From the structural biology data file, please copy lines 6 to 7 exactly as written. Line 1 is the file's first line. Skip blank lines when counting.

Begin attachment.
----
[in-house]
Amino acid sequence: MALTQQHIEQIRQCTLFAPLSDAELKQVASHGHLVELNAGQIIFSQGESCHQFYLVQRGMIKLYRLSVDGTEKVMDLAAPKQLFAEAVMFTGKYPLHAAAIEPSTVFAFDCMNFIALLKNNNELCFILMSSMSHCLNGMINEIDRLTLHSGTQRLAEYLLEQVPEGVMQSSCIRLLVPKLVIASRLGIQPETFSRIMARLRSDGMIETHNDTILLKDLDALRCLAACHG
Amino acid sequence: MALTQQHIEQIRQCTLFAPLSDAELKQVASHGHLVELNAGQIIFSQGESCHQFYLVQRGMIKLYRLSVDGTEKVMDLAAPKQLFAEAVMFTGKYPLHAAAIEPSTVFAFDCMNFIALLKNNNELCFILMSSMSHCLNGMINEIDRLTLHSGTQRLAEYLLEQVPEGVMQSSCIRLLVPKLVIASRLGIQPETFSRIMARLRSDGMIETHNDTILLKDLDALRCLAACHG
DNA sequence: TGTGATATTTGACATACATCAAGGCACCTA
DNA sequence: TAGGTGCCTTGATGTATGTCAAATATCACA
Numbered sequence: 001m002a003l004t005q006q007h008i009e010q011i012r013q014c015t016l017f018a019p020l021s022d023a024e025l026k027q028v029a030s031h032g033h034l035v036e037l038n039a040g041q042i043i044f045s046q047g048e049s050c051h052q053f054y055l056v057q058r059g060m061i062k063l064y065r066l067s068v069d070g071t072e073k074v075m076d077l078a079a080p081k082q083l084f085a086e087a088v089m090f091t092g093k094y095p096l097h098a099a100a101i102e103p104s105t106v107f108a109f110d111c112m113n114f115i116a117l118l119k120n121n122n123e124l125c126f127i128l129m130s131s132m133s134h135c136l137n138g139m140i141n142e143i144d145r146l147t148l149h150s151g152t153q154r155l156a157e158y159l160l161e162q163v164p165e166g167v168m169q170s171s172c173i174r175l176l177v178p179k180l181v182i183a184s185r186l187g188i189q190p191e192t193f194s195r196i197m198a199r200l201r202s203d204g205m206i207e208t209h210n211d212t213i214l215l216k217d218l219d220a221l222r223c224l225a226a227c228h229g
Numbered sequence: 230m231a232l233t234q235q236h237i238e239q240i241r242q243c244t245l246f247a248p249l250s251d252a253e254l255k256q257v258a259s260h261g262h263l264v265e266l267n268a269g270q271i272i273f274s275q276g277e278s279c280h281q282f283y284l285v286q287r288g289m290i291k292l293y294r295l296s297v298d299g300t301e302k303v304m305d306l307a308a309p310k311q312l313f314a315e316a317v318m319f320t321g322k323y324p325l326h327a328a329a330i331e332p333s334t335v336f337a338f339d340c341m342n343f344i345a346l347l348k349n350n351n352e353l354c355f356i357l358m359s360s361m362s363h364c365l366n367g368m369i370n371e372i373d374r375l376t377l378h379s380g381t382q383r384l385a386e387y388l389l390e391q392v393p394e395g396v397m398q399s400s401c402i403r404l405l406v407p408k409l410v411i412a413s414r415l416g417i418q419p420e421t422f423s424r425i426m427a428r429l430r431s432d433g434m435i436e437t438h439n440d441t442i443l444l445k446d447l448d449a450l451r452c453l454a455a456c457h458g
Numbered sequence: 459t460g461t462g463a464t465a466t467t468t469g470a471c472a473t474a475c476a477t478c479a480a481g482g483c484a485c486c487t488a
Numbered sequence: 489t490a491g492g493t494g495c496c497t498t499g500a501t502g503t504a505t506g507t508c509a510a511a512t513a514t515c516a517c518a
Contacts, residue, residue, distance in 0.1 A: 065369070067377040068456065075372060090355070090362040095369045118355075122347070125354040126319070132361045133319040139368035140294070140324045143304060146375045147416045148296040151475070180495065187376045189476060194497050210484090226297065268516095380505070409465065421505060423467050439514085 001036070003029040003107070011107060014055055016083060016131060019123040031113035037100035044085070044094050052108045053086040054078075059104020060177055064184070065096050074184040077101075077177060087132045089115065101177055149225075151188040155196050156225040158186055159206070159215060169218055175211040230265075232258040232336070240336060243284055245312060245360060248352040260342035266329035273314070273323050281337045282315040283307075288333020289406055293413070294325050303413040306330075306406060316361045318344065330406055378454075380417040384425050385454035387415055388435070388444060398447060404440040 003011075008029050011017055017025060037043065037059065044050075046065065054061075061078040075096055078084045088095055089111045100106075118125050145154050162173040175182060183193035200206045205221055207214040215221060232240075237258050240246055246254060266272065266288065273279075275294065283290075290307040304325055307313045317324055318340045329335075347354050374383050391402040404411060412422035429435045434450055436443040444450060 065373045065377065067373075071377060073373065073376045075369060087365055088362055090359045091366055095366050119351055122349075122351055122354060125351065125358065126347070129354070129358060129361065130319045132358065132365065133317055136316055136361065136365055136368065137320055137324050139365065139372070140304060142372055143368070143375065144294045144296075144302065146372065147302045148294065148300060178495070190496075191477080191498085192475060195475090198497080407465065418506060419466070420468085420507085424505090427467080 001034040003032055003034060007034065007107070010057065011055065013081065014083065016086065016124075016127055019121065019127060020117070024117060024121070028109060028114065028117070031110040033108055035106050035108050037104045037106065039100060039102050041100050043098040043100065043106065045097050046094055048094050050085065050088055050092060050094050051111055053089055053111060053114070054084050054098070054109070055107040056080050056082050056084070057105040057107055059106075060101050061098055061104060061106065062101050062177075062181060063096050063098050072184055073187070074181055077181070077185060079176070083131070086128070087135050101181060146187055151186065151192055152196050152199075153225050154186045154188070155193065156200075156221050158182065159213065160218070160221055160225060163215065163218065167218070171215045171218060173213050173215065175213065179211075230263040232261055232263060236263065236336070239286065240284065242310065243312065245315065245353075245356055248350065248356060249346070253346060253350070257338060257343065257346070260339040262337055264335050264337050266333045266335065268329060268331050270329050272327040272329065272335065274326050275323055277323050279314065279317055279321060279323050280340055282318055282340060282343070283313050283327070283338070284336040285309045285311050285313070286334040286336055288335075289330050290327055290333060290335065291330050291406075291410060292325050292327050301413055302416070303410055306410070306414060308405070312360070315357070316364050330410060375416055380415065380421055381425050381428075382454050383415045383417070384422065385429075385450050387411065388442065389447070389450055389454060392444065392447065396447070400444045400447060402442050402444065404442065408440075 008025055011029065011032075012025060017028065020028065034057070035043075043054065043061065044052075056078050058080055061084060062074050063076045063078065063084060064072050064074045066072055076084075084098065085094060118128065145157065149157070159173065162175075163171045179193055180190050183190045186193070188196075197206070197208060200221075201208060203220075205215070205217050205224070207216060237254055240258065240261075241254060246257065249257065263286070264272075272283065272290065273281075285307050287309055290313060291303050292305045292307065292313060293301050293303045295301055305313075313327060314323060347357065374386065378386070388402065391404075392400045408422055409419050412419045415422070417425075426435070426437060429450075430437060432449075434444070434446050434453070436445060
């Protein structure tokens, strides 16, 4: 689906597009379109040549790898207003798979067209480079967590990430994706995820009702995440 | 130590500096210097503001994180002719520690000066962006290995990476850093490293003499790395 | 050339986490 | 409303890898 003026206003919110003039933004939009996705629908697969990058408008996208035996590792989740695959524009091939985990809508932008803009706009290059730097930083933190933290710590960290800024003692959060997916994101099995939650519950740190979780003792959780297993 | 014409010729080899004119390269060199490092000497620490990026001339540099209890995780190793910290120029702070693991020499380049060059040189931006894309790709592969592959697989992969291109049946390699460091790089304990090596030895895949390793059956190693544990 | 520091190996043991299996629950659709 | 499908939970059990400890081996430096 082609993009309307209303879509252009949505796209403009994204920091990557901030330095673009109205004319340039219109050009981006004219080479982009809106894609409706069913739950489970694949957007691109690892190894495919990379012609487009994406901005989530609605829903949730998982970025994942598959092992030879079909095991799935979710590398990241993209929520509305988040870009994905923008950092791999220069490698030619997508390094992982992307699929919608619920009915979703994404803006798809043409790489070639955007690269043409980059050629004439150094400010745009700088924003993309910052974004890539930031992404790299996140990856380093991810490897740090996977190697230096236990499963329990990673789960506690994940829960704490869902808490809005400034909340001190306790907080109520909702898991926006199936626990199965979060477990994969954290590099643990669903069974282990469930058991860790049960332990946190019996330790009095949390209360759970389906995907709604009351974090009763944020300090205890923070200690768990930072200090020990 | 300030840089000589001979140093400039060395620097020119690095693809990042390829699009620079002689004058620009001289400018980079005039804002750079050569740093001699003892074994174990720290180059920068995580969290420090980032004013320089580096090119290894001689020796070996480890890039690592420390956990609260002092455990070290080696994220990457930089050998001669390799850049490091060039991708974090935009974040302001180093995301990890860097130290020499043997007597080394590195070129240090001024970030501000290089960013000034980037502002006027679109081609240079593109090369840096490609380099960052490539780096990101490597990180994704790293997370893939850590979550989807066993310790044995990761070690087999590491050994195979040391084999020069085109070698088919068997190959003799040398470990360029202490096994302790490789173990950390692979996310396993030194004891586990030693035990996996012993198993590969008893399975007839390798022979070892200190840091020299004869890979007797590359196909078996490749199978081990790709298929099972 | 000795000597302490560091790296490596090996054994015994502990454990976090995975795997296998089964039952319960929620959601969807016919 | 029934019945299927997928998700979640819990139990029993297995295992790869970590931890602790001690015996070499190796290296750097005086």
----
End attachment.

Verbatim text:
Numbered sequence: 001m002a003l004t005q006q007h008i009e010q011i012r013q014c015t016l017f018a019p020l021s022d023a024e025l026k027q028v029a030s031h032g033h034l035v036e037l038n039a040g041q042i043i044f045s046q047g048e049s050c051h052q053f054y055l056v057q058r059g060m061i062k063l064y065r066l067s068v069d070g071t072e073k074v075m076d077l078a079a080p081k082q083l084f085a086e087a088v089m090f091t092g093k094y095p096l097h098a099a100a101i102e103p104s105t106v107f108a109f110d111c112m113n114f115i116a117l118l119k120n121n122n123e124l125c126f127i128l129m130s131s132m133s134h135c136l137n138g139m140i141n142e143i144d145r146l147t148l149h150s151g152t153q154r155l156a157e158y159l160l161e162q163v164p165e166g167v168m169q170s171s172c173i174r175l176l177v178p179k180l181v182i183a184s185r186l187g188i189q190p191e192t193f194s195r196i197m198a199r200l201r202s203d204g205m206i207e208t209h210n211d212t213i214l215l216k217d218l219d220a221l222r223c224l225a226a227c228h229g
Numbered sequence: 230m231a232l233t234q235q236h237i238e239q240i241r242q243c244t245l246f247a248p249l250s251d252a253e254l255k256q257v258a259s260h261g262h263l264v265e266l267n268a269g270q271i272i273f274s275q276g277e278s279c280h281q282f283y284l285v286q287r288g289m290i291k292l293y294r295l296s297v298d299g300t301e302k303v304m305d306l307a308a309p310k311q312l313f314a315e316a317v318m319f320t321g322k323y324p325l326h327a328a329a330i331e332p333s334t335v336f337a338f339d340c341m342n343f344i345a346l347l348k349n350n351n352e353l354c355f356i357l358m359s360s361m362s363h364c365l366n367g368m369i370n371e372i373d374r375l376t377l378h379s380g381t382q383r384l385a386e387y388l389l390e391q392v393p394e395g396v397m398q399s400s401c402i403r404l405l406v407p408k409l410v411i412a413s414r415l416g417i418q419p420e421t422f423s424r425i426m427a428r429l430r431s432d433g434m435i436e437t438h439n440d441t442i443l444l445k446d447l448d449a450l451r452c453l454a455a456c457h458g